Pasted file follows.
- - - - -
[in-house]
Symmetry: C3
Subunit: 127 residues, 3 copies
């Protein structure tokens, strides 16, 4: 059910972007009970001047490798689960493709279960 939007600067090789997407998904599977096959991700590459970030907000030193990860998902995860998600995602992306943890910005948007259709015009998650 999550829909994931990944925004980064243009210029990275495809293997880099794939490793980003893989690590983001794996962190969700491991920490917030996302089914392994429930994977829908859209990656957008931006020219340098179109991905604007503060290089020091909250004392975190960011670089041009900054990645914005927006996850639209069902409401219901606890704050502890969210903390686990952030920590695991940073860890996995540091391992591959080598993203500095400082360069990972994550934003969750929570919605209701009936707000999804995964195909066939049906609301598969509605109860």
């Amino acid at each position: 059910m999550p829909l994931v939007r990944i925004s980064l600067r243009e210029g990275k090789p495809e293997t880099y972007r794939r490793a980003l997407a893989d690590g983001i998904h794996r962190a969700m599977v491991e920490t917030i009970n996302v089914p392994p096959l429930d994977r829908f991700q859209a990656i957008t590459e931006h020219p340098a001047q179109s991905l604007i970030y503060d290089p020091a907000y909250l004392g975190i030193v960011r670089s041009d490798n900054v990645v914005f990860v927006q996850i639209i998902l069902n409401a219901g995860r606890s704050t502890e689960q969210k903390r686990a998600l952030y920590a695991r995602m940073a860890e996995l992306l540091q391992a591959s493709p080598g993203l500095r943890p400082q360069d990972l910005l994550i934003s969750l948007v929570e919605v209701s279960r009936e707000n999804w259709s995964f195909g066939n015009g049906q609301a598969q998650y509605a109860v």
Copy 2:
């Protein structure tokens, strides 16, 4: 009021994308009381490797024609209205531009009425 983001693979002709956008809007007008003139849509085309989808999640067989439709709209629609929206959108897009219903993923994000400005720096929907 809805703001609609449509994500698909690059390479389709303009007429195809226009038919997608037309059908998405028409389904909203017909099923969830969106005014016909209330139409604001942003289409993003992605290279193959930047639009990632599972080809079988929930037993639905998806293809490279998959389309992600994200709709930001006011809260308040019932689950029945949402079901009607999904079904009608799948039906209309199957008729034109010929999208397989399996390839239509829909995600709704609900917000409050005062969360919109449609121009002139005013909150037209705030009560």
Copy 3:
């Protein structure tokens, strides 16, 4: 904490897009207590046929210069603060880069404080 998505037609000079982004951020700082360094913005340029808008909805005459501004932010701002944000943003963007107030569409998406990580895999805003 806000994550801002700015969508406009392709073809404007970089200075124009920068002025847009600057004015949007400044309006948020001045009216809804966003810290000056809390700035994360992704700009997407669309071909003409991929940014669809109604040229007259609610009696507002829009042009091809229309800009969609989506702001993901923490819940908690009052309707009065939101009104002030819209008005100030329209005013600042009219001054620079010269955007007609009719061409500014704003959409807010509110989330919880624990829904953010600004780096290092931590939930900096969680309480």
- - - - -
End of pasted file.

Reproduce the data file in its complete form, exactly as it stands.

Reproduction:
[in-house]
Symmetry: C3
Subunit: 127 residues, 3 copies
């Protein structure tokens, strides 16, 4: 059910972007009970001047490798689960493709279960 939007600067090789997407998904599977096959991700590459970030907000030193990860998902995860998600995602992306943890910005948007259709015009998650 999550829909994931990944925004980064243009210029990275495809293997880099794939490793980003893989690590983001794996962190969700491991920490917030996302089914392994429930994977829908859209990656957008931006020219340098179109991905604007503060290089020091909250004392975190960011670089041009900054990645914005927006996850639209069902409401219901606890704050502890969210903390686990952030920590695991940073860890996995540091391992591959080598993203500095400082360069990972994550934003969750929570919605209701009936707000999804995964195909066939049906609301598969509605109860």
């Amino acid at each position: 059910m999550p829909l994931v939007r990944i925004s980064l600067r243009e210029g990275k090789p495809e293997t880099y972007r794939r490793a980003l997407a893989d690590g983001i998904h794996r962190a969700m599977v491991e920490t917030i009970n996302v089914p392994p096959l429930d994977r829908f991700q859209a990656i957008t590459e931006h020219p340098a001047q179109s991905l604007i970030y503060d290089p020091a907000y909250l004392g975190i030193v960011r670089s041009d490798n900054v990645v914005f990860v927006q996850i639209i998902l069902n409401a219901g995860r606890s704050t502890e689960q969210k903390r686990a998600l952030y920590a695991r995602m940073a860890e996995l992306l540091q391992a591959s493709p080598g993203l500095r943890p400082q360069d990972l910005l994550i934003s969750l948007v929570e919605v209701s279960r009936e707000n999804w259709s995964f195909g066939n015009g049906q609301a598969q998650y509605a109860v």
Copy 2:
């Protein structure tokens, strides 16, 4: 009021994308009381490797024609209205531009009425 983001693979002709956008809007007008003139849509085309989808999640067989439709709209629609929206959108897009219903993923994000400005720096929907 809805703001609609449509994500698909690059390479389709303009007429195809226009038919997608037309059908998405028409389904909203017909099923969830969106005014016909209330139409604001942003289409993003992605290279193959930047639009990632599972080809079988929930037993639905998806293809490279998959389309992600994200709709930001006011809260308040019932689950029945949402079901009607999904079904009608799948039906209309199957008729034109010929999208397989399996390839239509829909995600709704609900917000409050005062969360919109449609121009002139005013909150037209705030009560």
Copy 3:
């Protein structure tokens, strides 16, 4: 904490897009207590046929210069603060880069404080 998505037609000079982004951020700082360094913005340029808008909805005459501004932010701002944000943003963007107030569409998406990580895999805003 806000994550801002700015969508406009392709073809404007970089200075124009920068002025847009600057004015949007400044309006948020001045009216809804966003810290000056809390700035994360992704700009997407669309071909003409991929940014669809109604040229007259609610009696507002829009042009091809229309800009969609989506702001993901923490819940908690009052309707009065939101009104002030819209008005100030329209005013600042009219001054620079010269955007007609009719061409500014704003959409807010509110989330919880624990829904953010600004780096290092931590939930900096969680309480």